There has been imposed upon the executive branch of the Government the execution of the act of Congress approved April 20, 1871, and commonly known as the Kuklux law, in a portion of the State of South Carolina. The necessity of the course pursued will be demonstrated by the report of the Committee to Investigate Southern Outrages. Under the provisions of the above act I issued a proclamation calling the attention of the people of the United States to the same, and declaring my reluctance to exercise any of the extraordinary powers thereby conferred upon me, except in case of imperative necessity, but making known my purpose to exercise such powers whenever it should become necessary to do so for the purpose of securing to all citizens of the United States the peaceful enjoyment of the rights guaranteed to them by the Constitution and the laws.

After the passage of this law information was received from time to time that combinations of the character referred to in this law existed and were powerful in many parts of the Southern States, particularly in certain counties in the State of South Carolina.

Careful investigation was made, and it was ascertained that in nine counties of that State such combinations were active and powerful, embracing a sufficient portion of the citizens to control the local authority, and having, among other things, the object of depriving the emancipated class of the substantial benefits of freedom and of preventing the free political action of those citizens who did not sympathize with their own views. Among their operations were frequent scourgings and occasional assassinations, generally perpetrated at night by disguised persons, the victims in almost all cases being citizens of different political sentiments from their own or freed persons who had shown a disposition to claim equal rights with other citizens. Thousands of inoffensive and well disposed citizens were the sufferers by this lawless violence,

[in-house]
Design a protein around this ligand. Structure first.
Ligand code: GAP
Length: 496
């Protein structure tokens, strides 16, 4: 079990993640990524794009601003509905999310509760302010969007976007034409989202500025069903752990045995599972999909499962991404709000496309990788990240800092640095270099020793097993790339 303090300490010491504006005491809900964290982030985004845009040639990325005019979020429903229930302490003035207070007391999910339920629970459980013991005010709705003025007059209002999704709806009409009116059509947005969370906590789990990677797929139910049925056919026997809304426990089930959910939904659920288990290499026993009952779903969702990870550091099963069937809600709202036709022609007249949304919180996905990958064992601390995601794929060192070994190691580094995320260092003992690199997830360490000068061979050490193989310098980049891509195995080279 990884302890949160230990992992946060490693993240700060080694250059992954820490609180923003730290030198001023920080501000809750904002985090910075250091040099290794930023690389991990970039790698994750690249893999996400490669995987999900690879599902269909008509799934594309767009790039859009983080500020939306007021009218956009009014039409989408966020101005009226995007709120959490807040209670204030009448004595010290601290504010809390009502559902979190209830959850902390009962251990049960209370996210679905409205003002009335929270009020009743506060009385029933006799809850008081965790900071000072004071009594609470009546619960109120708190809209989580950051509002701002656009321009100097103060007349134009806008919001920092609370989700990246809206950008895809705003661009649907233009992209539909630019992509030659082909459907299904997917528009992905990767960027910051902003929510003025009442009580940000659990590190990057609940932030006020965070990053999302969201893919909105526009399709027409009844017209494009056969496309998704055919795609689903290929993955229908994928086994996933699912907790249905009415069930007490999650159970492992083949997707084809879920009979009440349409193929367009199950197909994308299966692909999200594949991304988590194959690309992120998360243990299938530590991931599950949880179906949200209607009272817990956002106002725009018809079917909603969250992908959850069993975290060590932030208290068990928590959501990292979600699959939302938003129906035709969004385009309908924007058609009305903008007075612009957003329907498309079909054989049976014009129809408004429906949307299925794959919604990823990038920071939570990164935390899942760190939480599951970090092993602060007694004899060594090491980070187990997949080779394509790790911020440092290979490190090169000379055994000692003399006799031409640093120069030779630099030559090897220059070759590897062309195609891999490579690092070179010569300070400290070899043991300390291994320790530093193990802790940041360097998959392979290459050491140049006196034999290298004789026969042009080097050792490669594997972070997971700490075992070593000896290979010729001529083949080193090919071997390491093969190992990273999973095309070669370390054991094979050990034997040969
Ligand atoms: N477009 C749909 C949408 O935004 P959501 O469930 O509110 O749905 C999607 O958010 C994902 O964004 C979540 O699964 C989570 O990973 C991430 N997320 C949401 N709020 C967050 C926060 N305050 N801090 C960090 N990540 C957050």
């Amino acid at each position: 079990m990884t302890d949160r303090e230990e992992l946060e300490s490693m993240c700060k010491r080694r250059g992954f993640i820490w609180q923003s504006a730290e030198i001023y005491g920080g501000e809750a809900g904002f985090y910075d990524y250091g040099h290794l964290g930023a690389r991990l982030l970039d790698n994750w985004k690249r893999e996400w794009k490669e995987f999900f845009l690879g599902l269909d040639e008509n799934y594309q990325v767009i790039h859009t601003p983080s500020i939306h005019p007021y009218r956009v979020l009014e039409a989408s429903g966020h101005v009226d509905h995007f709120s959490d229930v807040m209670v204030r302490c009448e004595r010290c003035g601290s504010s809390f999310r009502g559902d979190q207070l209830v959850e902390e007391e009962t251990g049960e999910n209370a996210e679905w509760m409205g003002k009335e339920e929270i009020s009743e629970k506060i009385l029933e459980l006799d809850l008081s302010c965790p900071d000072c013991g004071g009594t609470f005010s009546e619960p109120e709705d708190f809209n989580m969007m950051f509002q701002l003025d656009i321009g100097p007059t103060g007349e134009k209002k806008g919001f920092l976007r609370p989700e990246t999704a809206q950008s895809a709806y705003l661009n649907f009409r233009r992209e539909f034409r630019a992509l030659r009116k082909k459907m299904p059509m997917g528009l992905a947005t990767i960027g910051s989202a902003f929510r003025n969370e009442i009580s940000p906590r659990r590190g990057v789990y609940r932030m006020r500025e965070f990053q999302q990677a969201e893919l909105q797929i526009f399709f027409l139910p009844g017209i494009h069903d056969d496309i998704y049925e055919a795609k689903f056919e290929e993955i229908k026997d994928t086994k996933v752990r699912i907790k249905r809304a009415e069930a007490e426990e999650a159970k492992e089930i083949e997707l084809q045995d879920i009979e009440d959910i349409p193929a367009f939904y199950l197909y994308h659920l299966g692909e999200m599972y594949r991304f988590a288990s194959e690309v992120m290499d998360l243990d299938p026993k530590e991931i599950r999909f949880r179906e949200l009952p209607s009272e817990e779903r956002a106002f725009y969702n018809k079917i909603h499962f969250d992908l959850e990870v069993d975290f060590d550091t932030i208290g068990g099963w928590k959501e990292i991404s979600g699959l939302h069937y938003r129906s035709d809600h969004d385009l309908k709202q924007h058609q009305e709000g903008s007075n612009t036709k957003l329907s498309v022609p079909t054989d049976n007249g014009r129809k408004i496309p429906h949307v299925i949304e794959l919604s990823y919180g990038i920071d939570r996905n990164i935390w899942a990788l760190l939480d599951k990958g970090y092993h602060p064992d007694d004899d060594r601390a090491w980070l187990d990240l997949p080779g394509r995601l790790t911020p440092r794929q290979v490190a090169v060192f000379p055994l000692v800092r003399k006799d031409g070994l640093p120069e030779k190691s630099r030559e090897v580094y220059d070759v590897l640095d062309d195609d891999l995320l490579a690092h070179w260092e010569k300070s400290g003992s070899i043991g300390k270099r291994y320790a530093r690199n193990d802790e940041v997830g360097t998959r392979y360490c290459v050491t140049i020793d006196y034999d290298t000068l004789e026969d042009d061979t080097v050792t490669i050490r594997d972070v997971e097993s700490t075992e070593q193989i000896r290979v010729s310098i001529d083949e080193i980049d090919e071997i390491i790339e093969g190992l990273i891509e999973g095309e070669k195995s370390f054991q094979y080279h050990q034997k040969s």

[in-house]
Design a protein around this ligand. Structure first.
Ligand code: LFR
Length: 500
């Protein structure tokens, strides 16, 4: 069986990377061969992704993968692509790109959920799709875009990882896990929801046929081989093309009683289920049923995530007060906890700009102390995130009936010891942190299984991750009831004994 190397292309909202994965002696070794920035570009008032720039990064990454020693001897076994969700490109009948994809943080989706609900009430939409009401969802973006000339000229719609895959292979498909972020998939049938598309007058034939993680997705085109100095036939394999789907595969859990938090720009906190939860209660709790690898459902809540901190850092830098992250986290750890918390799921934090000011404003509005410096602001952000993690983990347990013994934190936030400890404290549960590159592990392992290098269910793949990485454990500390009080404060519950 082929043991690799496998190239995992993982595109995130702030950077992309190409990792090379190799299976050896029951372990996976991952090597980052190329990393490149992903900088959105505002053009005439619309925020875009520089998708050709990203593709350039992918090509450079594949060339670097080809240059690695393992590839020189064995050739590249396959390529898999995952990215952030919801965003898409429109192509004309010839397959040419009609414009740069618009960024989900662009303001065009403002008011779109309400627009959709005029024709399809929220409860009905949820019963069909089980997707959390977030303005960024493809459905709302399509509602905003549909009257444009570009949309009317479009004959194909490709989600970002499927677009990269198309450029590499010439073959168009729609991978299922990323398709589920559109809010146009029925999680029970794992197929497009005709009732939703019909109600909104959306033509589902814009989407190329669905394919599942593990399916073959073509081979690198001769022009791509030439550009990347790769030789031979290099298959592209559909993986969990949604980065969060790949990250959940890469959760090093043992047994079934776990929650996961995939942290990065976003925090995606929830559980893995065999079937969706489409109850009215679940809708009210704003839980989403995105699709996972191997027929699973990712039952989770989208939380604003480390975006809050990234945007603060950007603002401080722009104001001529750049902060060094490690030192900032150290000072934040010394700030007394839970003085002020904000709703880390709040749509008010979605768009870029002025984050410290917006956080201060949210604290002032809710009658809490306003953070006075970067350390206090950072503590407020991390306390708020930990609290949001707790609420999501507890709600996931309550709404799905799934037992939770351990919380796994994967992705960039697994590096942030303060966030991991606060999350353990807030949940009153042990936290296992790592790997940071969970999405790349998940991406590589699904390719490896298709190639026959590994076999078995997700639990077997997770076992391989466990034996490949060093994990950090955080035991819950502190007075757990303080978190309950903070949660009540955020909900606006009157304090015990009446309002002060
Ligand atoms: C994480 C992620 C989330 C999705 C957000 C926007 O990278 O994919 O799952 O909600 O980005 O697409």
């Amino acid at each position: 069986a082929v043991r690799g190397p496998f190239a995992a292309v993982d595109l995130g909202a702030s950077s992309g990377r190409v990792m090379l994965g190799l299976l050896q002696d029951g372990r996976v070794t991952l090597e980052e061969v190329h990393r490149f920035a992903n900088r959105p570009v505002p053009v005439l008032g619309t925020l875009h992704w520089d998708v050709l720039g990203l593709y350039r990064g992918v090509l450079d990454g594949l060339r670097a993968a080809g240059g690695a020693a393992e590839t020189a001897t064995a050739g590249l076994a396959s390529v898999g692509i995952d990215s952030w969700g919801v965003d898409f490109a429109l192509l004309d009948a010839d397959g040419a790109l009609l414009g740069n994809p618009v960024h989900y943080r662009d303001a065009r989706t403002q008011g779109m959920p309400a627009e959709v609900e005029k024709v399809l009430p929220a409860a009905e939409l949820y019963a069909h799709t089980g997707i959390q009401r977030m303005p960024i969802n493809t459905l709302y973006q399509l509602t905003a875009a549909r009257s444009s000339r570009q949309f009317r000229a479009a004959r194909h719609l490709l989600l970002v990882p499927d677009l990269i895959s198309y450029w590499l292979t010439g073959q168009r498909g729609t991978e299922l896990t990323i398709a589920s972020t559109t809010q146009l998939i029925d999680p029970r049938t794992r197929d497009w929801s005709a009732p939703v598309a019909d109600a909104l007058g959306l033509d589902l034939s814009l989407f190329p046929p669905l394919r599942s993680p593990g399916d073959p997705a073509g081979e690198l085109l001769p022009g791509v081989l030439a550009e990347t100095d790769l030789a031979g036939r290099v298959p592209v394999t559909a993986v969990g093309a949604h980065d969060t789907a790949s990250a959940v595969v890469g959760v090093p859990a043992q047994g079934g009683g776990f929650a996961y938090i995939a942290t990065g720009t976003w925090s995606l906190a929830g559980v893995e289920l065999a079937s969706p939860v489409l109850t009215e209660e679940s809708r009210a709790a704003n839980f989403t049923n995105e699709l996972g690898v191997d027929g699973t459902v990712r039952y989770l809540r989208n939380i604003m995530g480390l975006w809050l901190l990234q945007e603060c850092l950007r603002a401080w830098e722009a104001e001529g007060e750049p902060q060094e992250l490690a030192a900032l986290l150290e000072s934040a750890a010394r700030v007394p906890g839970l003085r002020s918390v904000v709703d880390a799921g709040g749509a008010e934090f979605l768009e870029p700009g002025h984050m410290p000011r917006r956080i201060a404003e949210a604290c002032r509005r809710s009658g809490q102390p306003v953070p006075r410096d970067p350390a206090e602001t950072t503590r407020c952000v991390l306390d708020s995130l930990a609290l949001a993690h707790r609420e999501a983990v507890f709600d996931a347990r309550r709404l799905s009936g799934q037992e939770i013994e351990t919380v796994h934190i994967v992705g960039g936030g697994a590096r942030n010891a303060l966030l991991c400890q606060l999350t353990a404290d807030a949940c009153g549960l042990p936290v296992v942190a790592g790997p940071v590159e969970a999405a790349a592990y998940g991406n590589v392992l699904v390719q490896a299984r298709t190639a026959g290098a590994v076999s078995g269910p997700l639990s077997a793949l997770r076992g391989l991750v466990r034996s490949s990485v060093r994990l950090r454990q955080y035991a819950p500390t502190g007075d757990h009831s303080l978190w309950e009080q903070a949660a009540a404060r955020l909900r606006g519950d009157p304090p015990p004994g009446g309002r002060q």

Thereupon, on the 12th of October, 1871, a proclamation was issued, in terms of the law, calling upon the members of those combinations to disperse within five days and to deliver to the marshal or military officers of the United States all arms, ammunition, uniforms, disguises, and other means and implements used by them for carrying out their unlawful purposes.

This warning not having been heeded, on the 17th of October another proclamation was issued, suspending the privileges of the writ of habeas corpus in nine counties in that State.

Direction was given that within the counties so designated persons supposed, upon creditable information, to be members of such unlawful combinations should be arrested by the military forces of the United States and delivered to the marshal, to be dealt with according to law. In two of said counties, York and Spartanburg, many arrests have been made. At the last account the number of persons thus arrested was 168. Several hundred, whose criminality was ascertained to be of an inferior degree, were released for the present. These have generally made confessions of their guilt.

Great caution has been exercised in making these arrests, and, notwithstanding the large number, it is believed that no innocent person is now in custody. The prisoners will be held for regular trial in the judicial tribunals of the United States.

As soon as it appeared that the authorities of the United States were about to take vigorous measures to enforce the law, many persons absconded, and there is good ground for supposing that all of such persons have violated the law. A full report of what has been done under this law will be submitted to Congress by the Attorney-General.

Thanks to Rich Kidd for reminding me of this important source.

Mini-Review of Jonathan Sarna, "When General Grant Expelled the Jews"

Today Books & Culture is running my mini-review of an excellent book: Jonathan Sarna’s When General Grant Expelled the Jews.  Here is a taste:

On December 17, 1862, in the midst of the Civil War and only weeks before Abraham Lincoln announced the Emancipation Proclamation, General Ulysses S. Grant issued General Orders No. 11. The order expelled Jews “as a class” from the territory of the Department of Tennessee, a region under Grant’s command that included Mississippi, western Tennessee, and parts of Kentucky and Illinois. Grant had been informed that some Jews were running a black market in Southern cotton and he wanted to put a stop to this violation of wartime trade regulations. (Both Jews and non-Jews were involved in this illegal trade. Rather than targeting the individual Jews and non-Jews who were leading the ring, Grant went after Jews “as a class”).

Read the rest here.